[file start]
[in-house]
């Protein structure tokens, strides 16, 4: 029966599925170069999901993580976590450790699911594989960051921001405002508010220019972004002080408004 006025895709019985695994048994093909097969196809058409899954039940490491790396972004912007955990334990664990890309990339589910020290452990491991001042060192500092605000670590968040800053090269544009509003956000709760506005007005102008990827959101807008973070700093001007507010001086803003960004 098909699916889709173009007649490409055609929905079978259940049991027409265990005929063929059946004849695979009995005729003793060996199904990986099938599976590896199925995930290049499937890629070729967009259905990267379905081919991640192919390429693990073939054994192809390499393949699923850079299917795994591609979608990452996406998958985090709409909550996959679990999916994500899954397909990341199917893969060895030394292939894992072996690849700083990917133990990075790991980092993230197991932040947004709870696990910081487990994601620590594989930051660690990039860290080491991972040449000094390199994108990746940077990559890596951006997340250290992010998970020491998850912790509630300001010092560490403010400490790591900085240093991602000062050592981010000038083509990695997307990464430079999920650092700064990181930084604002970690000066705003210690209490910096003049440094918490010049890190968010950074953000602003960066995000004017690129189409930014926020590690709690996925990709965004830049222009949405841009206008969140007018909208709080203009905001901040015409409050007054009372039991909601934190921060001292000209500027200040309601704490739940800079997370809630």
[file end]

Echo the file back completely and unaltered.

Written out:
[in-house]
């Protein structure tokens, strides 16, 4: 029966599925170069999901993580976590450790699911594989960051921001405002508010220019972004002080408004 006025895709019985695994048994093909097969196809058409899954039940490491790396972004912007955990334990664990890309990339589910020290452990491991001042060192500092605000670590968040800053090269544009509003956000709760506005007005102008990827959101807008973070700093001007507010001086803003960004 098909699916889709173009007649490409055609929905079978259940049991027409265990005929063929059946004849695979009995005729003793060996199904990986099938599976590896199925995930290049499937890629070729967009259905990267379905081919991640192919390429693990073939054994192809390499393949699923850079299917795994591609979608990452996406998958985090709409909550996959679990999916994500899954397909990341199917893969060895030394292939894992072996690849700083990917133990990075790991980092993230197991932040947004709870696990910081487990994601620590594989930051660690990039860290080491991972040449000094390199994108990746940077990559890596951006997340250290992010998970020491998850912790509630300001010092560490403010400490790591900085240093991602000062050592981010000038083509990695997307990464430079999920650092700064990181930084604002970690000066705003210690209490910096003049440094918490010049890190968010950074953000602003960066995000004017690129189409930014926020590690709690996925990709965004830049222009949405841009206008969140007018909208709080203009905001901040015409409050007054009372039991909601934190921060001292000209500027200040309601704490739940800079997370809630």